Who is Caroline Ellison and how did she get at the center of FTX’s meltdown?

The collapse of Sam Bankman-Fried’s FTX cryptocurrency exchange has prompted an increased focus on the role of Alameda Research and its CEO Caroline Ellison in the implosion of the company.

Ellison, 28, was raised by two MIT economists and received his bachelor’s degree in mathematics from Stanford University. She met Bankman-Fried at the trading firm Jane Street Capital. Bankman-Fried, like Ellison, was raised by professors, and the couple embraced the philosophy of “effective altruism,” which involves earning large sums of money to fund philanthropic activities that benefit society as much as possible. The two were reportedly involved in an on-and-off relationship. according to CoinDesk.

Caroline Ellison, CEO of Alameda Research

Caroline Ellison, CEO of Alameda Research, via Twitter (Twitter @carolinecapital)

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When Bankman-Fried left Jane Street in 2017 to start his own hedge fund called Alameda Research, Ellison joined him shortly thereafter in what she called “a blind leap into the unknown.” She became one of the senior traders of the new company and went on to say FTX related podcast that joining Alameda was “too cool an opportunity to pass up” but handling capital was “kind of daunting” when she joined the company in 2018.

“Most of the time it was something I wasn’t used to,” she said. “So it was kind of – I don’t know, I think I was like a trader, I mean, not that long on Jane Street, but a year and a half, which was kind of more trading experience than a lot of Alameda traders had at the time. I kind of wanted to get in there and be like an expert on everything, but there were still a lot of things in the crypto world that I didn’t know about.”

FTX logo

FTX’s logo is seen at the entrance of FTX Arena in Miami, Florida on November 12, 2022. (Reuters/Marco Bello/Reuters photos)

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Alameda was a major cryptocurrency trader and commonly traded on the FTX platform, according to the Wall Street Journal. Despite being the founder and majority owner of Alameda, Bankman-Fried eventually relinquished control of its operations and primarily focused on his role as CEO of crypto exchange FTX, which he founded in 2019. In its heyday, FTX was valued at around $32 billion and was the third largest cryptocurrency exchange in the world by volume.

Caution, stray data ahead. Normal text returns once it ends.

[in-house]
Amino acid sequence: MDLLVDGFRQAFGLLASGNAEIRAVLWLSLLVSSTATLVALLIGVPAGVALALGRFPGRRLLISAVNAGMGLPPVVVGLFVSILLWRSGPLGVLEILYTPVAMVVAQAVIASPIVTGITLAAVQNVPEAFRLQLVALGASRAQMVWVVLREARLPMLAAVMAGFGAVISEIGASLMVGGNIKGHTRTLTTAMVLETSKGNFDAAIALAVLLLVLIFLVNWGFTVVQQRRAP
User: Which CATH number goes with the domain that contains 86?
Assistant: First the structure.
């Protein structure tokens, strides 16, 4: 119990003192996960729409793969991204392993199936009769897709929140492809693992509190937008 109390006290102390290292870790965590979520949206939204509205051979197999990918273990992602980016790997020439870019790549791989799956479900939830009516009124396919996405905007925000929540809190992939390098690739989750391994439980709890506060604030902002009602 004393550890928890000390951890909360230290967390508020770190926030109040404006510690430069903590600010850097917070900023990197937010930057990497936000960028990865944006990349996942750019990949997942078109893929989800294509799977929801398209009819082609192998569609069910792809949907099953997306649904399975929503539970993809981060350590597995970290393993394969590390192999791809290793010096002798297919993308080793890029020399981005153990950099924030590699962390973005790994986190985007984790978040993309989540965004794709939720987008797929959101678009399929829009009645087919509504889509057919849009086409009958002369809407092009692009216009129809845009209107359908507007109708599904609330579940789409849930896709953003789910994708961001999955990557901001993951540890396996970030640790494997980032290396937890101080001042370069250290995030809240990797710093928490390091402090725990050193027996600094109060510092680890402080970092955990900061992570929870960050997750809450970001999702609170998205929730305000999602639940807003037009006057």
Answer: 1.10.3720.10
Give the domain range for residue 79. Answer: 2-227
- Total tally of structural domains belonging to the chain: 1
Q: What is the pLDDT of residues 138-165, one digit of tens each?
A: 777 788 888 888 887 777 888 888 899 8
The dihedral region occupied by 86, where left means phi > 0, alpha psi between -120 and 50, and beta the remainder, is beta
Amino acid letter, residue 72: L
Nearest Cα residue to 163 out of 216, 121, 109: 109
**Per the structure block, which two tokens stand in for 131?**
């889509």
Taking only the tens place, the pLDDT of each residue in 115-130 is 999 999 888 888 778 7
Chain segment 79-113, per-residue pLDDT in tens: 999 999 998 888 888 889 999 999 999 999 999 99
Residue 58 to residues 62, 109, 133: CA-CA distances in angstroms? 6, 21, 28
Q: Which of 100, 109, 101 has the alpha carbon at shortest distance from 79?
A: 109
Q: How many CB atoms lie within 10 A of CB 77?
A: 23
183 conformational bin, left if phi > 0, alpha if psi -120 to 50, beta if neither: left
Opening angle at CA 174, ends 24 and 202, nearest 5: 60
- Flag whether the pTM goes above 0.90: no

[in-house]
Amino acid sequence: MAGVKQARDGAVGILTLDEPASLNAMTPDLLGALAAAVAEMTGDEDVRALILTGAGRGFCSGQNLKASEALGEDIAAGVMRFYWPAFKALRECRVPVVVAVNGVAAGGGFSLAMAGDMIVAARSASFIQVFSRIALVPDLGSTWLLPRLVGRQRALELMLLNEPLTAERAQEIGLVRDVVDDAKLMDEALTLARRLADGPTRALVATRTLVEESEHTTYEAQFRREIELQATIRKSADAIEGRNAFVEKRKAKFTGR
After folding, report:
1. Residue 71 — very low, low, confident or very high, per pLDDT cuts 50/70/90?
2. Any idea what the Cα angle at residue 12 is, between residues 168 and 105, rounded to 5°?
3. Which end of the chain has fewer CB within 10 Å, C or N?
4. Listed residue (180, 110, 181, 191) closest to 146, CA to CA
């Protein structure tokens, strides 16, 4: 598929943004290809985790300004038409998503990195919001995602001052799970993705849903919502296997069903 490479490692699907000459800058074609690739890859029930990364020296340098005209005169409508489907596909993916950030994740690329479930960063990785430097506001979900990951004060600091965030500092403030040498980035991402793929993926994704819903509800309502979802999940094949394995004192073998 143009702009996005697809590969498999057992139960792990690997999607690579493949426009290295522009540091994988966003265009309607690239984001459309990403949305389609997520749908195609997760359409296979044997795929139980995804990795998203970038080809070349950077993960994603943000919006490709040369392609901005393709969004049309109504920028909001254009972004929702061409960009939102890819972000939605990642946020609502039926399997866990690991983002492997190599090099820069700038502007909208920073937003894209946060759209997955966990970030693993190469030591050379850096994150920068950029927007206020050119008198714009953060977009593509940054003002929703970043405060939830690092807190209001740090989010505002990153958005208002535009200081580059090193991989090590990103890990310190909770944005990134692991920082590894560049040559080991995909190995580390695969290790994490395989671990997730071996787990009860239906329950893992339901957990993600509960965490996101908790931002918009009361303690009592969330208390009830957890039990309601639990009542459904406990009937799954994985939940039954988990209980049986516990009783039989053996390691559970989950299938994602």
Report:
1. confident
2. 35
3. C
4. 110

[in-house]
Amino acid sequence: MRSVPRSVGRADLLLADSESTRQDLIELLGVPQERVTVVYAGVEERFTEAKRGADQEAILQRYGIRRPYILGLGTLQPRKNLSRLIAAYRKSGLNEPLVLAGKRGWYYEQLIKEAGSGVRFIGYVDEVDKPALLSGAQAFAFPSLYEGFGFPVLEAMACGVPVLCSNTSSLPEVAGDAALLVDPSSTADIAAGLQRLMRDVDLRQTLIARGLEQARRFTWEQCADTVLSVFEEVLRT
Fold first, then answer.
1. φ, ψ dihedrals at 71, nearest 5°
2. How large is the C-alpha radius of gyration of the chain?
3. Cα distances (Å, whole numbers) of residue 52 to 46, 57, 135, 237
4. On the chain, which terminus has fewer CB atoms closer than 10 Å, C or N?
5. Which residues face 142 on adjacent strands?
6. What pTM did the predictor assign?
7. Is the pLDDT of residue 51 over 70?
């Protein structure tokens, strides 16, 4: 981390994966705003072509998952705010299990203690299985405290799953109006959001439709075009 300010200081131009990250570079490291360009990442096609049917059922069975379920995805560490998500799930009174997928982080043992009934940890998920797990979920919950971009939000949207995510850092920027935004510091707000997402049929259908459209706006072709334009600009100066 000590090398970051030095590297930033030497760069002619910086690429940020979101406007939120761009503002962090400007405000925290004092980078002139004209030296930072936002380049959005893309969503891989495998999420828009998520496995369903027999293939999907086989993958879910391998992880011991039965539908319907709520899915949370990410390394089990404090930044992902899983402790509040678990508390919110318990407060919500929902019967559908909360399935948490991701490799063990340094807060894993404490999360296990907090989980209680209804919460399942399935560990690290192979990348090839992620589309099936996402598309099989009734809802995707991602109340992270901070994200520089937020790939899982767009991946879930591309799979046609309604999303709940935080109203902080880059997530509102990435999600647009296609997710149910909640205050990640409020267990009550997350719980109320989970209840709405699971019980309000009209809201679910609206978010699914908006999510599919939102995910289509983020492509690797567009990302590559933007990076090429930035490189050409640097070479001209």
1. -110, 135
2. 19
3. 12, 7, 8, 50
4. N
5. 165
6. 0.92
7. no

The fast-paced atmosphere and rapid growth of both Alameda and FTX increased the strain on those at the top. The Wall Street Journal previously reported that stimulant use was common among Bankman-Fried’s upper echelons. Ellison tweeted last year, “Nothing beats regular use of amphetamines to make you realize how stupid many normal, non-drug human experiences are.”

Sam Bankman Fried

Sam Bankman-Fried, Founder and Chief Executive Officer of FTX Cryptocurrency Derivatives Exchange, speaks during the Institute of International Finance (IIF) Annual Members Meeting in Washington, DC, U.S., on Thursday, October 13, 2022. This year’s Con (Photographer: Ting Shen/Bloomberg via Getty Images/Getty Images)

October 2021 was Ellison appointed co-CEO of Alameda with Sam Trabuco. She became CEO in August 2022 when Trabucco announced it on twitter He resigned from the role. Trabucco said managing Alameda alongside Ellison had been “difficult and exhausting and consuming” but added that he “will remain as an advisor.”

Cryptocurrency prices hit near all-time highs in the fall of 2021, but in early 2022, digital currencies plummeted and many investment and lending firms in the industry were under financial pressure.

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collapse of FTX

In early November this year, worrying reports about the financial health of Alameda and FTX began to pile up. Rival crypto exchange Binance has scrapped a tentative plan to acquire FTX after due diligence revealed what Binance CEO Changpeng Zhao called in a “chaotic” balance sheet Interview with Susan Li from Fox Business.

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The interconnected relationship between the two companies ultimately led to their collapse when FTX lent billions of dollars in client funds from the exchange to Alameda to shore up the company’s finances. When unsettled investors withdrew funds from FTX, it was unable to fulfill these requests and went bankrupt.

During a video meeting earlier this month before the company and FTX filed for bankruptcy, the The Wall Street Journal reports that Ellison informed Alameda employees that FTX was using client funds to help Alameda meet its liabilities, adding that she, Bankman-Fried and other members of management were aware of the decision.

Fox Business’ Kayla Bailey and Aislinn Murphy contributed to this report.

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